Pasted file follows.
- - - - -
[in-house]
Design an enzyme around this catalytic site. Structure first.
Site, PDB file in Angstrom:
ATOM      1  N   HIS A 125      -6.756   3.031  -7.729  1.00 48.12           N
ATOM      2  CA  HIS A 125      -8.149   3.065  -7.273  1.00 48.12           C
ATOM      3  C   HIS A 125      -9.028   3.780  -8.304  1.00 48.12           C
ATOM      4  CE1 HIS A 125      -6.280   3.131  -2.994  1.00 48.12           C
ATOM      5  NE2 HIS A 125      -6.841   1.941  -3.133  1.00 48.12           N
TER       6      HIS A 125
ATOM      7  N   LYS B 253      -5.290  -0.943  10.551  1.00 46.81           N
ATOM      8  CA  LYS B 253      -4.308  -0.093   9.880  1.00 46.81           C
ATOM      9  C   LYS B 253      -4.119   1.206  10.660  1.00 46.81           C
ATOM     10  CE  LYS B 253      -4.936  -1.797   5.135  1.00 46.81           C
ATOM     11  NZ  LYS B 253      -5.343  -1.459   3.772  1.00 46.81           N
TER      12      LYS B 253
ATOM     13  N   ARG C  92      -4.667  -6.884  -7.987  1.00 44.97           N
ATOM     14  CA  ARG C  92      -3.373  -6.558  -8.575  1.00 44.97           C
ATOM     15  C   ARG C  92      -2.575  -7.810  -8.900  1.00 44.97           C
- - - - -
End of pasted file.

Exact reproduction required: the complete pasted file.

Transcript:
[in-house]
Design an enzyme around this catalytic site. Structure first.
Site, PDB file in Angstrom:
ATOM      1  N   HIS A 125      -6.756   3.031  -7.729  1.00 48.12           N
ATOM      2  CA  HIS A 125      -8.149   3.065  -7.273  1.00 48.12           C
ATOM      3  C   HIS A 125      -9.028   3.780  -8.304  1.00 48.12           C
ATOM      4  CE1 HIS A 125      -6.280   3.131  -2.994  1.00 48.12           C
ATOM      5  NE2 HIS A 125      -6.841   1.941  -3.133  1.00 48.12           N
TER       6      HIS A 125
ATOM      7  N   LYS B 253      -5.290  -0.943  10.551  1.00 46.81           N
ATOM      8  CA  LYS B 253      -4.308  -0.093   9.880  1.00 46.81           C
ATOM      9  C   LYS B 253      -4.119   1.206  10.660  1.00 46.81           C
ATOM     10  CE  LYS B 253      -4.936  -1.797   5.135  1.00 46.81           C
ATOM     11  NZ  LYS B 253      -5.343  -1.459   3.772  1.00 46.81           N
TER      12      LYS B 253
ATOM     13  N   ARG C  92      -4.667  -6.884  -7.987  1.00 44.97           N
ATOM     14  CA  ARG C  92      -3.373  -6.558  -8.575  1.00 44.97           C
ATOM     15  C   ARG C  92      -2.575  -7.810  -8.900  1.00 44.97           C